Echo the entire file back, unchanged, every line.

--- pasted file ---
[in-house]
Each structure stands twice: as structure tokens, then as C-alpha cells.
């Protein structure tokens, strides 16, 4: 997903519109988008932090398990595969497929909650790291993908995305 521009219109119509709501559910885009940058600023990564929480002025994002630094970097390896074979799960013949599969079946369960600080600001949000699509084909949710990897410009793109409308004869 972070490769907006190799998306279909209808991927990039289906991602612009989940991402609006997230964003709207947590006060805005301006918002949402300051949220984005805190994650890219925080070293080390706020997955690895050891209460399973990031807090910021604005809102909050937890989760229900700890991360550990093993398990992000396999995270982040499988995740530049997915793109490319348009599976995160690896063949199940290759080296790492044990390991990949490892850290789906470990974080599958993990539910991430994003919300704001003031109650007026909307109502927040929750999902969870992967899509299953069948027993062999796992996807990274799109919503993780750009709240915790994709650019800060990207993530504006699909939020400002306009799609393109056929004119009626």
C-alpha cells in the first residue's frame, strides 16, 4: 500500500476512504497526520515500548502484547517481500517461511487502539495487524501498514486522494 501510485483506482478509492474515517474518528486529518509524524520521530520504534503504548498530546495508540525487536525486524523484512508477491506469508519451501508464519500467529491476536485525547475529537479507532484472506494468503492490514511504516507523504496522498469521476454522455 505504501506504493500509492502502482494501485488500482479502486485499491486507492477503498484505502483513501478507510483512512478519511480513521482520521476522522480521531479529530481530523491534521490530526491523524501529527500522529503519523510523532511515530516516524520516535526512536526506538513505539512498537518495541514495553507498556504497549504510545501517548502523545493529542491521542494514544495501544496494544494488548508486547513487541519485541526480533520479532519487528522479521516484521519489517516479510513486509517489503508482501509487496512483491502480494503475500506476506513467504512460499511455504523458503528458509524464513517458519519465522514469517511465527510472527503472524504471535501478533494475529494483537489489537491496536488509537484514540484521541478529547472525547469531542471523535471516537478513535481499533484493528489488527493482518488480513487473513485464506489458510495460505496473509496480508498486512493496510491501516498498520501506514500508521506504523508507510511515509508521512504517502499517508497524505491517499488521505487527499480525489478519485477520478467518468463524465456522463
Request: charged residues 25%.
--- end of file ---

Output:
[in-house]
Each structure stands twice: as structure tokens, then as C-alpha cells.
């Protein structure tokens, strides 16, 4: 997903519109988008932090398990595969497929909650790291993908995305 521009219109119509709501559910885009940058600023990564929480002025994002630094970097390896074979799960013949599969079946369960600080600001949000699509084909949710990897410009793109409308004869 972070490769907006190799998306279909209808991927990039289906991602612009989940991402609006997230964003709207947590006060805005301006918002949402300051949220984005805190994650890219925080070293080390706020997955690895050891209460399973990031807090910021604005809102909050937890989760229900700890991360550990093993398990992000396999995270982040499988995740530049997915793109490319348009599976995160690896063949199940290759080296790492044990390991990949490892850290789906470990974080599958993990539910991430994003919300704001003031109650007026909307109502927040929750999902969870992967899509299953069948027993062999796992996807990274799109919503993780750009709240915790994709650019800060990207993530504006699909939020400002306009799609393109056929004119009626």
C-alpha cells in the first residue's frame, strides 16, 4: 500500500476512504497526520515500548502484547517481500517461511487502539495487524501498514486522494 501510485483506482478509492474515517474518528486529518509524524520521530520504534503504548498530546495508540525487536525486524523484512508477491506469508519451501508464519500467529491476536485525547475529537479507532484472506494468503492490514511504516507523504496522498469521476454522455 505504501506504493500509492502502482494501485488500482479502486485499491486507492477503498484505502483513501478507510483512512478519511480513521482520521476522522480521531479529530481530523491534521490530526491523524501529527500522529503519523510523532511515530516516524520516535526512536526506538513505539512498537518495541514495553507498556504497549504510545501517548502523545493529542491521542494514544495501544496494544494488548508486547513487541519485541526480533520479532519487528522479521516484521519489517516479510513486509517489503508482501509487496512483491502480494503475500506476506513467504512460499511455504523458503528458509524464513517458519519465522514469517511465527510472527503472524504471535501478533494475529494483537489489537491496536488509537484514540484521541478529547472525547469531542471523535471516537478513535481499533484493528489488527493482518488480513487473513485464506489458510495460505496473509496480508498486512493496510491501516498498520501506514500508521506504523508507510511515509508521512504517502499517508497524505491517499488521505487527499480525489478519485477520478467518468463524465456522463
Request: charged residues 25%.